The only piece of advice I really treasure

Some time ago, inspired by all the lists of tips and suggestions for the new year resolutions I read and heard everywhere, I created my own half-serious suggestions list.

Do you remember?

I do not reject those pearls of wisdom, but I think that they are not as inspiring as I wished.

Today I stumbled upon a Mark Twain’s quotation I already knew, but that struck me as if I read it for the first time:

“Twenty years from now you will be more disappointed by the things you didn’t do than by the ones you did do. So throw off the bowlines. Sail away from the safe harbor. Catch the trade winds in your sails. Explore. Dream. Discover.”

It’s a fact that every century has its dreamers, inventors, visionaries. Depending on the time, they are and were treated in every possible way, from torture, derision, to awe, to suppression. But they all had something in common: the ability to go beyond the surface, to dare, to dream.

When Steve Jobs spoke the famous words, “Stay hungry, stay foolish!” he managed to sum up the unique philosophy of life that makes sense for me in a very short sentence.

The hunger for life accompanied by a certain amount of recklessness is not madness, it is the engine that should drive us to appreciate this journey, enjoying every opportunity, no matter who we are, where we live, how much money we have. What is appreciated by someone can be totally indifferent to another one.

Here is my list of what I have “explored” in recent years and that has enriched my life:

  •  create my own blog
  •  sing in a group
  •  practice Tai-chi
  •  practice Krav-maga
  •  discover the free online resources about meditation, energy techniques, motivational courses
  •  publish a household satirical magazine
  •  find resources that have inspired me to take care of my family and my home with no help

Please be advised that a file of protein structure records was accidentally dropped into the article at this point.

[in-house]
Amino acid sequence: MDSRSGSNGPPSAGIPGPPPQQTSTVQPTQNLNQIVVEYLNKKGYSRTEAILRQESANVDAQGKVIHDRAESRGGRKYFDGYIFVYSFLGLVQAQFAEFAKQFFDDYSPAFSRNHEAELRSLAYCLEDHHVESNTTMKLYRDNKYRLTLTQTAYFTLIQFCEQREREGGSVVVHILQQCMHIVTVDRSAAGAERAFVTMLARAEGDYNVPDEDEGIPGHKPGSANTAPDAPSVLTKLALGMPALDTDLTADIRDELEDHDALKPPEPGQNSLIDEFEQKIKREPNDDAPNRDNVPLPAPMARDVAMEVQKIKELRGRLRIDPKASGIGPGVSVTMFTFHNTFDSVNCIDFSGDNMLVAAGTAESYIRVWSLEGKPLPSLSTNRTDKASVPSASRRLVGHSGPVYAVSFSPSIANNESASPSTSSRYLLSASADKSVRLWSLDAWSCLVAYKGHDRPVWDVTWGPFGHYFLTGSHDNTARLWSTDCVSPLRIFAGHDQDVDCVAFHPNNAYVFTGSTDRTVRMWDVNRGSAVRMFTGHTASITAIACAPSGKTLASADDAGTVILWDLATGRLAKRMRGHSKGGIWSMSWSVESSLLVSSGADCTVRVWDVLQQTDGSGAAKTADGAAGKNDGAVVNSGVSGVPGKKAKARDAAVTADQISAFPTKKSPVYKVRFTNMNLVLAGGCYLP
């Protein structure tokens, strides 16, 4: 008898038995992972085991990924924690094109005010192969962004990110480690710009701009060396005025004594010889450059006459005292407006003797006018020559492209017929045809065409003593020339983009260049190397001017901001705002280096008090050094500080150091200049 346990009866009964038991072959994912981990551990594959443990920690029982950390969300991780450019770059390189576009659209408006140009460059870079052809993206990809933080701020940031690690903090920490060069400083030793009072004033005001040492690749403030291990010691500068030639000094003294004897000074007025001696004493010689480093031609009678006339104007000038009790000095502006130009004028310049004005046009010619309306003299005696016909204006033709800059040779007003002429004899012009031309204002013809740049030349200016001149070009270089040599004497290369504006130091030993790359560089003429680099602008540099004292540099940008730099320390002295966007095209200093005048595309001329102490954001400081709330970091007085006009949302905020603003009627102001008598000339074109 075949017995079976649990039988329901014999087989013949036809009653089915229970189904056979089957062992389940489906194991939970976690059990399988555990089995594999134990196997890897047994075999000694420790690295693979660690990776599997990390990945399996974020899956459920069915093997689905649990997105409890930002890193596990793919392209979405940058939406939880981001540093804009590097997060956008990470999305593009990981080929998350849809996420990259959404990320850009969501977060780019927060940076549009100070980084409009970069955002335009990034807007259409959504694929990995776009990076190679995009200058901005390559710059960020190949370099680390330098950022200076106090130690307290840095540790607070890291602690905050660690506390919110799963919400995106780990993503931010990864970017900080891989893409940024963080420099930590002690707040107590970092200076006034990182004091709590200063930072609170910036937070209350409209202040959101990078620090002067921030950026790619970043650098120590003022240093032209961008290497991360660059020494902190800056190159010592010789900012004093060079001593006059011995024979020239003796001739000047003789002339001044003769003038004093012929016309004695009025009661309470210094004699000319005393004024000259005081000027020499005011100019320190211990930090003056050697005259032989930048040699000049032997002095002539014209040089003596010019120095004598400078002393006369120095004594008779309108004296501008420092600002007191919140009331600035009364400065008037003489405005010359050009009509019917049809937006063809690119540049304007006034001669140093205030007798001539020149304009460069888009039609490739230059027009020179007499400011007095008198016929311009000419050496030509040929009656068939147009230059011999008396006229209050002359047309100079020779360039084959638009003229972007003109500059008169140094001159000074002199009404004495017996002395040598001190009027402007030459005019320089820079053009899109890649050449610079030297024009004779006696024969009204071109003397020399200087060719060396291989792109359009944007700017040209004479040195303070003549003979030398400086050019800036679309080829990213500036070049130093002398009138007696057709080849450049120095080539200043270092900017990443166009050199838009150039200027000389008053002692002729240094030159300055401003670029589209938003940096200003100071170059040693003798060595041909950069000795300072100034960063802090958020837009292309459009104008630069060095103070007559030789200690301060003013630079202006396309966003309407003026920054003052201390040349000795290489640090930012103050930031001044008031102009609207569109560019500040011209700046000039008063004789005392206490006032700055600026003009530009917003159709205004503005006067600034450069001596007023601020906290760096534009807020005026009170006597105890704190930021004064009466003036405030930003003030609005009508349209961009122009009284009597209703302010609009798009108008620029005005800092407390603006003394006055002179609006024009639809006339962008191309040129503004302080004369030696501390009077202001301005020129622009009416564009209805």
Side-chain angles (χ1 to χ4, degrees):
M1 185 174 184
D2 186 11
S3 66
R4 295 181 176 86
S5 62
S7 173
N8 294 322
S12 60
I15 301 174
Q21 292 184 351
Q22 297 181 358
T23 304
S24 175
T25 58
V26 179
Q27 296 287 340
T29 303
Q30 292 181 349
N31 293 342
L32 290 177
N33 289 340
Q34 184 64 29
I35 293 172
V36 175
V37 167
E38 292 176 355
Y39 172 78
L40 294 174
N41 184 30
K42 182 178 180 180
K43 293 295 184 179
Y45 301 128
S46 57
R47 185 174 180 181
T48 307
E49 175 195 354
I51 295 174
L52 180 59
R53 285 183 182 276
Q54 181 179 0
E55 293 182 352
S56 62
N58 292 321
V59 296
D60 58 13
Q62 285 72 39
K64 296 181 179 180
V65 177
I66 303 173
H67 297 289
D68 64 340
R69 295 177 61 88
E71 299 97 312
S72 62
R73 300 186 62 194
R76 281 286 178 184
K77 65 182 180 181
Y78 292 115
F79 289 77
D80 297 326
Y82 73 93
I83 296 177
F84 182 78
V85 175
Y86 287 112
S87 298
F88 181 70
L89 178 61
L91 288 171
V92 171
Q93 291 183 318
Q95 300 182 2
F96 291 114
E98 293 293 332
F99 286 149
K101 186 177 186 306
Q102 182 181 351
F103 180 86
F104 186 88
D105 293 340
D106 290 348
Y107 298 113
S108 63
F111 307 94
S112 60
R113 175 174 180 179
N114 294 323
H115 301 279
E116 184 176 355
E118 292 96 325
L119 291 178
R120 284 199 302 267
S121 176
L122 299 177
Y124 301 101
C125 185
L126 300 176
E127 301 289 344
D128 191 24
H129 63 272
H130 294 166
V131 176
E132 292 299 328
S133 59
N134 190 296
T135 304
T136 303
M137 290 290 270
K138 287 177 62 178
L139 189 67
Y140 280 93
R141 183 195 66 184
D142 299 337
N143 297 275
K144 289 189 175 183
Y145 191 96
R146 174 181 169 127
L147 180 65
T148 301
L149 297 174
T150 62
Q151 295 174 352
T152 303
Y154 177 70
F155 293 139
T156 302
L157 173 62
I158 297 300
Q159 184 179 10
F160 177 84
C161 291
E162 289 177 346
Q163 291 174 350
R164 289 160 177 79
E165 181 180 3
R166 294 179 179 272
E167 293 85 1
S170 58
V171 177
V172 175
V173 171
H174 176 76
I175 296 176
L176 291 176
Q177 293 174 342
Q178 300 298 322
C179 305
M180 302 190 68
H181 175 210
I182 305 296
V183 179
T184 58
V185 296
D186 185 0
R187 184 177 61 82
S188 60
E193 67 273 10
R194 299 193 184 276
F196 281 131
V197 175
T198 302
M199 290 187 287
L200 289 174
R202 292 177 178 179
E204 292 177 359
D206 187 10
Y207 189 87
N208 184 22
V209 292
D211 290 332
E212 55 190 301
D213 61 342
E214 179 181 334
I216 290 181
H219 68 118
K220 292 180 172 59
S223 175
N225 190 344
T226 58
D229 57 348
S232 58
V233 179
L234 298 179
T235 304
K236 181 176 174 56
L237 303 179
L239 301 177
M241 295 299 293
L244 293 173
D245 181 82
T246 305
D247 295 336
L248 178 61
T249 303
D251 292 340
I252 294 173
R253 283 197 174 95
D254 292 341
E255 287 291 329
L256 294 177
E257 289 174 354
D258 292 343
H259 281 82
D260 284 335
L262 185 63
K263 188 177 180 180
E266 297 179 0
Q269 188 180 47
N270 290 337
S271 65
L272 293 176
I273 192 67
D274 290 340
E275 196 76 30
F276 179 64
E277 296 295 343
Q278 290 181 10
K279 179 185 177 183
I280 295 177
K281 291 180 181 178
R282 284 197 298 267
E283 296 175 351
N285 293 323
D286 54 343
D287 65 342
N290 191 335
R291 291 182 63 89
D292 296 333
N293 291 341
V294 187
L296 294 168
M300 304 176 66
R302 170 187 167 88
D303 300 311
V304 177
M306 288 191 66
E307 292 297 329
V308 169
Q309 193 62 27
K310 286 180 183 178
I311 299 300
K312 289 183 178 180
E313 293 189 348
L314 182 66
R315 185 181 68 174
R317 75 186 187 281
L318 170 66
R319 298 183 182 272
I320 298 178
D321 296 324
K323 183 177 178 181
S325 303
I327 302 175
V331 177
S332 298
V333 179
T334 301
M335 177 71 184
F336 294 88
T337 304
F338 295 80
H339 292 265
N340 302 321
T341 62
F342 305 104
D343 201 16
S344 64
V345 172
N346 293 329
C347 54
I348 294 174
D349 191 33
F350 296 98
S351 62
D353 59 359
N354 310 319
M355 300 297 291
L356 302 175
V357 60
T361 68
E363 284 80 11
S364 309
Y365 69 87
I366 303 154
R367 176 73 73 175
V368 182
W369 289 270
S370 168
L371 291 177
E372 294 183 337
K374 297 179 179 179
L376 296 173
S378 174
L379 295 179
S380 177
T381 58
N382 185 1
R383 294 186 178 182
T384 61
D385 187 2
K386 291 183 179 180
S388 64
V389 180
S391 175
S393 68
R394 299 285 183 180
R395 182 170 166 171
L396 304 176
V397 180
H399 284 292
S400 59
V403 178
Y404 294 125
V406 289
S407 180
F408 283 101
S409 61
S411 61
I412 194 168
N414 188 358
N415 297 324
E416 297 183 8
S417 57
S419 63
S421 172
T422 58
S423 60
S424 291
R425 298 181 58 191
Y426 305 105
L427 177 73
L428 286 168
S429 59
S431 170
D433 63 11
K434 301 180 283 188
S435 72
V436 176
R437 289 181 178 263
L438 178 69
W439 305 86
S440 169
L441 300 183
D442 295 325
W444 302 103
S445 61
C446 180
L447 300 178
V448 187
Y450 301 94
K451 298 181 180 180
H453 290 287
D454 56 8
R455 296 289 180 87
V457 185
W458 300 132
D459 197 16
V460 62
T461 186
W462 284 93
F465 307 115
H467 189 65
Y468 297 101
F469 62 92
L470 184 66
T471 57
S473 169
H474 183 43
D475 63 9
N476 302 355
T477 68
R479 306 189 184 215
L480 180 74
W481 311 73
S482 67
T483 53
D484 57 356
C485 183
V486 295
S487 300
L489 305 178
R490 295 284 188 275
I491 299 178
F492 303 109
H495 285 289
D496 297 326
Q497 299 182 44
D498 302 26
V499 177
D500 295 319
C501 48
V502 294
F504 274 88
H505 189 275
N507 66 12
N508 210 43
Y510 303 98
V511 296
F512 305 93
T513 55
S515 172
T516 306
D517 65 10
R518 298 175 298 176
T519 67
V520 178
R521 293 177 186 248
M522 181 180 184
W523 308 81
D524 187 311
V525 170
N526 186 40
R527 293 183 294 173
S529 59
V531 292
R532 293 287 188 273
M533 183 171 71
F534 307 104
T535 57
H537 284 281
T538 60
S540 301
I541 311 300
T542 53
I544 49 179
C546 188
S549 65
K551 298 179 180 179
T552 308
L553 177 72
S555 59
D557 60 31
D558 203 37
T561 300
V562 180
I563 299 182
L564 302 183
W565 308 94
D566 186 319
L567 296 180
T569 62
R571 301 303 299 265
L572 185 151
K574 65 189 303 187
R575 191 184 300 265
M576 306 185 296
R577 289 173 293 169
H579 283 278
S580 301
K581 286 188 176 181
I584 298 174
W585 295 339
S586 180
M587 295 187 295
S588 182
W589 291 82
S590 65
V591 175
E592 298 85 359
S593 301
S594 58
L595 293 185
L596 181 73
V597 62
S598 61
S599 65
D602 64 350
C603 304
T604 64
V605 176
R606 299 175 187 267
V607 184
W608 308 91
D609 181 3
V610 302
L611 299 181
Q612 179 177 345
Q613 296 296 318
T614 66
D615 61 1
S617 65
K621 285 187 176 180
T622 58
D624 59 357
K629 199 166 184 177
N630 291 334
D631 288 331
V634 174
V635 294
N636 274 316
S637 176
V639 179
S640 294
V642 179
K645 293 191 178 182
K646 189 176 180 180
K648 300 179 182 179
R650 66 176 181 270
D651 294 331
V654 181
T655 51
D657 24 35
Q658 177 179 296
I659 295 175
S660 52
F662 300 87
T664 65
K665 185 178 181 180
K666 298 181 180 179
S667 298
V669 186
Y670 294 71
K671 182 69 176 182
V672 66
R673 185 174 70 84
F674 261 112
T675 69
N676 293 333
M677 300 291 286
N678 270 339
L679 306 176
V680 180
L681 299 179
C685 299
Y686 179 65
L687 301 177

• free myself from “reversed bias” (explanation follows) and learn to enjoy activities that I lived as a duty until a few years ago
  •  not being scared by washing machine and dishwasher breakdowns – yes, that’s right: as long as I can manage on my own, I will do it, screwdriver and clamp in my hand
  •  learn to say NO
  •  learn to let go of friendships that are fading
  • make room for new people, new ideas, new inspirations

None of this is making me rich (at least not yet …), less tired or perfect, but certainly eager to see what awaits me every morning.

And the great thing is that, the more I walk on this road, the longer becomes the trail of influences, imposed thoughts, unnecessary hesitation that I leave behind.

Even the “reversed bias” I mentioned before are terrible. Because of them we refuse “a priori” certain experiences, because we rebelled against them.

Take for example cooking. You already know what I think about it:

But when I try (“explore”) some new recipe, I like it! Just as I like it when the outcome of one of my pieces de resistance is confirmed for the umpteenth time.

Until some time ago I hated to cook, because as a girl I was surrounded by people who gave too much value to this ability. And I thought, “You bet your @$$ you will never see me sweating in the kitchen in this way.”

Life then took me to a certain point where I had to cook twice a day, lunch and dinner, every single day. For me it was a nightmare.

But one day, just for fun, I tried some cake recipes and it felt good. From then on I started experimenting and at some point I realized that after all cooking was not that bad and I could not believe that I had regarded it in this way for my whole life.

Cooking was not tiring, holding on to an idea that no longer belonged to me was.

Have I made you smile with this new article? I hope so, but I also hope that I’ve been able to make you feel the intensity I live everyday life with. This does not preserve me from living dark moments, but it gives me an awareness of the great light we can enjoy every day.

Have a nice weekend!

Grandma Josephine’s sweet treats i.e. my opinion about cooking sites